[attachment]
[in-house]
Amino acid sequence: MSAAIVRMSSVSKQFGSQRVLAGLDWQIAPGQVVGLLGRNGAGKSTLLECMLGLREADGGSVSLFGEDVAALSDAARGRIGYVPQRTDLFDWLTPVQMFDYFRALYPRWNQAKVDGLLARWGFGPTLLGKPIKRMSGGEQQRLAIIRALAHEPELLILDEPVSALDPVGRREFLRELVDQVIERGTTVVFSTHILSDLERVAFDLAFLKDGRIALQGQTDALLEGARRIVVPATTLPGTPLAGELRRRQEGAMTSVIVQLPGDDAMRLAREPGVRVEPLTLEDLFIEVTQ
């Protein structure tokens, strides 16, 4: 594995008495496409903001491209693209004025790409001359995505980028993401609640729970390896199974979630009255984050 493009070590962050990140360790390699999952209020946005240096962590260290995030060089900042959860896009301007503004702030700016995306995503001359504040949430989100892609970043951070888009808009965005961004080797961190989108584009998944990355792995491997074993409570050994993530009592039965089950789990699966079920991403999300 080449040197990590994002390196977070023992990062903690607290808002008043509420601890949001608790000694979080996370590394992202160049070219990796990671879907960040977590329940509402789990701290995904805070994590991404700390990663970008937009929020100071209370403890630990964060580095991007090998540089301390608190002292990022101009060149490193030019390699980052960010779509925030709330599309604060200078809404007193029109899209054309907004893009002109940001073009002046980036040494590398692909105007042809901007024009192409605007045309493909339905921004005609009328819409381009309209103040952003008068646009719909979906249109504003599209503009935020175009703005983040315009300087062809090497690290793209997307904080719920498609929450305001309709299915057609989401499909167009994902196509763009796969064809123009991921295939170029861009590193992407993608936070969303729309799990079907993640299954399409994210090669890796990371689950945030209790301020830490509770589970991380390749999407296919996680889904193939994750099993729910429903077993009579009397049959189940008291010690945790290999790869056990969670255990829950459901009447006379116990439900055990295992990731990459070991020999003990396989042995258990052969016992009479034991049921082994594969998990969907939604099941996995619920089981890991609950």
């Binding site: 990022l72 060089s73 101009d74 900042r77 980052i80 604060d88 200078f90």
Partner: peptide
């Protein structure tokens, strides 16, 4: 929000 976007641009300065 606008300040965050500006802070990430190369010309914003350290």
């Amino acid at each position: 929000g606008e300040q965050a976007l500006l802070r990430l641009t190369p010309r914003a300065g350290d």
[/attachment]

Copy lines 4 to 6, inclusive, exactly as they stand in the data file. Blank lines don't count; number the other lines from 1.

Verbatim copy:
């Binding site: 990022l72 060089s73 101009d74 900042r77 980052i80 604060d88 200078f90």
Partner: peptide
């Protein structure tokens, strides 16, 4: 929000 976007641009300065 606008300040965050500006802070990430190369010309914003350290």